... are in the same class, making the same fight; but that isn't always a reason for mutual appreciation or support. Mrs. Marple, of course, is her daughter's partizan, though in some ways it suits us to stand together. But I didn't bring you here to listen to my grievances, but because you happen to be the one man ...
— The Long Portage • Harold Bindloss

... "Tories," who took refuge and resided among them, should seek revenge on every possible occasion, in months following, in the regions of their own sufferings, especially upon those individuals and communities who they knew had prompted and aided the executioners of Congress. There were partizan leaders, with adventurous followers, on both sides, in the Southern as well as in the Northern States, who inflicted many acts of barbarity and desolation; but these retaliatory cruelties and raids of destruction acquired a greater intensity ...
— The Loyalists of America and Their Times, Vol. 2 of 2 - From 1620-1816 • Edgerton Ryerson

... Walter Davis be appointed Receiver of the Land Office at this place, whenever there shall be a vacancy. I cannot say that Mr. Herndon, the present incumbent, has failed in the proper discharge of any of the duties of the office. He is a very warm partizan, and openly and actively opposed to the election of General Taylor. I also understand that since General Taylor's election he has received a reappointment from Mr. Polk, his old commission not having expired. Whether this is true the records of the department will show. I may add that ...
— A Short Life of Abraham Lincoln - Condensed from Nicolay & Hay's Abraham Lincoln: A History • John G. Nicolay

... Protestant, who had served under William of Orange in Ireland, and afterwards under the Duke of Savoy in Piedmont, disappointed with the slowness of his promotion, had taken service under Louis XIV., and was now employed as a partizan chief in the suppression of his former co-religionists in Languedoc. Like all renegades, he was a bitter and furious persecutor; and in the councils of Baville his voice was always raised for the extremest measures. He would utterly exterminate ...
— The Huguenots in France • Samuel Smiles

... his day, pleading his case in mangled English, in the headlong of an out-poured, undrilled, rabble vocabulary, doubling the ridicule by his imperturbability over the ridicule he excites: he who is no more ridiculous, cried the partizan sister, conjuring up the scene, not an ace more ridiculous, than a judge of assize calling himself miserable sinner on Sunday before the parson, after he has very properly condemned half a score of weekday miserable sinners to penal ...
— The Shaving of Shagpat • George Meredith

... loathsome malcontent malecontent maneuver manoeuvre merchandize merchandise misprison misprision monies moneys monied moneyed negociate negotiate negociation negotiation noviciate novitiate ouse ooze opake opaque paroxism paroxysm partizan partisan patronize patronise phrenzy phrensy pinchers pincers plow plough poney pony potatoe potato quere query recognize recognise reindeer raindeer reinforce re-enforce restive restiff ribbon riband rince rinse sadler saddler ...
— English Grammar in Familiar Lectures • Samuel Kirkham

... devotion, but with fanaticism if needed. She worked hard with her son and her local allies at the ungrateful task of revolutionizing Le Berry, which, she sighs, "is very drowsy." In March she came up to Paris and placed her services as journalist and partizan generally at the disposal of Ledru-Rollin, Minister of the Interior under the new Government. "Here am I already doing the work of a statesman," she writes from Paris to her son at Nohant, March 24. Her indefatigable energy, enabling her as it did to disdain repose, was perhaps the object of envy ...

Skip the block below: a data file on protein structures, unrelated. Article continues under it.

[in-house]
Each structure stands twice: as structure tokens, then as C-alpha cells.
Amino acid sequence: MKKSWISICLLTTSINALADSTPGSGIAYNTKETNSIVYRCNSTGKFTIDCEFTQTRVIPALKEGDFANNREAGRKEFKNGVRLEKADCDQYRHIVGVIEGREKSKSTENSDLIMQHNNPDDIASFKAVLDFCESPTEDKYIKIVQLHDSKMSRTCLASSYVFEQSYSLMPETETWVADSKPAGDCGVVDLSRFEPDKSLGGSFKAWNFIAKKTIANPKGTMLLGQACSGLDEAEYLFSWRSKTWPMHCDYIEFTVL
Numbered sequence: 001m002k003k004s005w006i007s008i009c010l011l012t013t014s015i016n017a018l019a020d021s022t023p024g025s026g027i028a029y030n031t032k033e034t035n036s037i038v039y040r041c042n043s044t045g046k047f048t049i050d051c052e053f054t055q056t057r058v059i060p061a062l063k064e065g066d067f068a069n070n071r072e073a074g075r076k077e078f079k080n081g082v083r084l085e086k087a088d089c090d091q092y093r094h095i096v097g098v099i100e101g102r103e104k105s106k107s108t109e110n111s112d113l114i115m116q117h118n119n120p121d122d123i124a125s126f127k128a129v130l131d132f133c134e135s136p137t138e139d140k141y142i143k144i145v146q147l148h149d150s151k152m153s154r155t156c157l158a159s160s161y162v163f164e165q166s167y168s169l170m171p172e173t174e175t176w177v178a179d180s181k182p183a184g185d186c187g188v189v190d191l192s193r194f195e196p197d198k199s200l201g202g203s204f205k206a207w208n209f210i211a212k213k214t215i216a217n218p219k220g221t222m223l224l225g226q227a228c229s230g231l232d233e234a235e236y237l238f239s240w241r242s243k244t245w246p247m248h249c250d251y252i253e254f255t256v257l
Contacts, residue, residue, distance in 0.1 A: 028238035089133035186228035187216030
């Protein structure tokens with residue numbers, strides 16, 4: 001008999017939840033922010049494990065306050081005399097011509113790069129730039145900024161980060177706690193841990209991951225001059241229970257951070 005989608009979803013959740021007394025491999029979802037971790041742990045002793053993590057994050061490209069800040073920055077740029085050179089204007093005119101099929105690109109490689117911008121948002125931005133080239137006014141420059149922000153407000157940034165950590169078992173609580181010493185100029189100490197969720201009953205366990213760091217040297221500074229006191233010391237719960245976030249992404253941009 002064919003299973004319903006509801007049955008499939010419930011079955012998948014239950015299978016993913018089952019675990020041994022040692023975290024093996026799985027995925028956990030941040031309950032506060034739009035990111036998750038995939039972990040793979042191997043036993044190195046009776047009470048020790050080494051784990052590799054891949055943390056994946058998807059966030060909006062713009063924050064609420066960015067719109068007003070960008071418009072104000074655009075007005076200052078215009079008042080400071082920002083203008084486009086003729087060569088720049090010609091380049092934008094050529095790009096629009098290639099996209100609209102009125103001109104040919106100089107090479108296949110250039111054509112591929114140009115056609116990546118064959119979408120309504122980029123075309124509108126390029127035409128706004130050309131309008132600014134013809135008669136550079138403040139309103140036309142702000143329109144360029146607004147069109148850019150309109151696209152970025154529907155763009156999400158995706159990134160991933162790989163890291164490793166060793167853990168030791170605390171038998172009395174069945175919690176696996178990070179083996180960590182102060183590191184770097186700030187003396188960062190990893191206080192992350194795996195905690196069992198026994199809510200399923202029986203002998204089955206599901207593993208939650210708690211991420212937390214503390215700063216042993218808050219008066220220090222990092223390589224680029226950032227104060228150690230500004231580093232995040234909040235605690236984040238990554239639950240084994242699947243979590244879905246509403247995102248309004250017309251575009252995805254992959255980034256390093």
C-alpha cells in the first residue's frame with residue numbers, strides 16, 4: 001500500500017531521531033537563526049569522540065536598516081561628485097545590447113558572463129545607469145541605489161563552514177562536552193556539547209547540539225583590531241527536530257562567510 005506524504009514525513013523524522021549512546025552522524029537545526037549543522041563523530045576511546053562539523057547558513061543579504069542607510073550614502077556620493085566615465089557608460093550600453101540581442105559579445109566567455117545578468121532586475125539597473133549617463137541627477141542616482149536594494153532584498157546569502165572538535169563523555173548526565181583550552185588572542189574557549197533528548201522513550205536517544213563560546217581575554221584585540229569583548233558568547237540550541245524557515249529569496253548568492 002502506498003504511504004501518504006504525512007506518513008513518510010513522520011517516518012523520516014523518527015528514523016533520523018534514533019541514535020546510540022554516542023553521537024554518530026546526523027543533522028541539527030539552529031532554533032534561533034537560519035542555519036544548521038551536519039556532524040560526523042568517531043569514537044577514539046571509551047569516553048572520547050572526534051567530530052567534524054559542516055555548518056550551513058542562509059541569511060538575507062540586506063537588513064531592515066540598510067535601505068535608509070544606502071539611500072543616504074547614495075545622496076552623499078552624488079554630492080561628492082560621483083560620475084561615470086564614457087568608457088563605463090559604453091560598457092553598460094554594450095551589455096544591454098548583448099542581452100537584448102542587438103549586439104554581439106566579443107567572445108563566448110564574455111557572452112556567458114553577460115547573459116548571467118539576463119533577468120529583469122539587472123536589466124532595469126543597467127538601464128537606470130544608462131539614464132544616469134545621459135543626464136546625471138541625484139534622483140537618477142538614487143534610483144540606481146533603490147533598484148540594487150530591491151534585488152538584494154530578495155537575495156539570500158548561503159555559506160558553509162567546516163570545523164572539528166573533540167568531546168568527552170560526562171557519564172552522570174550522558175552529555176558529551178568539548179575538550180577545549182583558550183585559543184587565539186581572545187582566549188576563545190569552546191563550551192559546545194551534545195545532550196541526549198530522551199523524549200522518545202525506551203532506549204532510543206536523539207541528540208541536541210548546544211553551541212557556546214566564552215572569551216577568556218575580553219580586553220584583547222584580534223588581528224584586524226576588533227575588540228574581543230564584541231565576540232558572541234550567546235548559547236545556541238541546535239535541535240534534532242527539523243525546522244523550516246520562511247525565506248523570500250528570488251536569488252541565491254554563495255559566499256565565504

— Famous Women: George Sand • Bertha Thomas

... tried other experiments which may be interesting to those who, without any partizan fanaticism, are seeking for practical ...
— Study and Stimulants • A. Arthur Reade

... resumed her lamentations. She did not ask that he declare himself a partizan of the friars, she was not one herself—it was enough to know that for one good friar there were ten bad, who took the money from the poor and deported the rich. But one must be silent, suffer, and endure—there ...
— The Reign of Greed - Complete English Version of 'El Filibusterismo' • Jose Rizal

... cheeks; he even smiled a little. It was all right; Mills understood. It was almost as though they shared a secret between them. Alfred Mills, head football coach at Erskine College, had no more devoted admirer and partizan from that moment than ...
— Behind the Line • Ralph Henry Barbour

... proceedings which were taken with reference to the succession to the ancient honours of the great Scotch house of Douglas. Boswell, who was but little indisposed to exaggeration, and who is reported by Sir Walter Scott to have been such an ardent partizan that he headed a mob which smashed the windows of the judges of the Court of Session, says that "the Douglas cause shook the security of birthright in Scotland to its foundation, and was a cause which, had it happened ...
— Celebrated Claimants from Perkin Warbeck to Arthur Orton • Anonymous



Words linked to "Partizan" :   tendencious, gadgeteer, backslapper, protagonist, supporter, junkie, champion, junky, friend, fan, balletomane, fiend, party-spirited, admirer, booster, nut, addict, freak, sports fan, pike, fanatic, shutterbug, rooter, nonpartisan, tendentious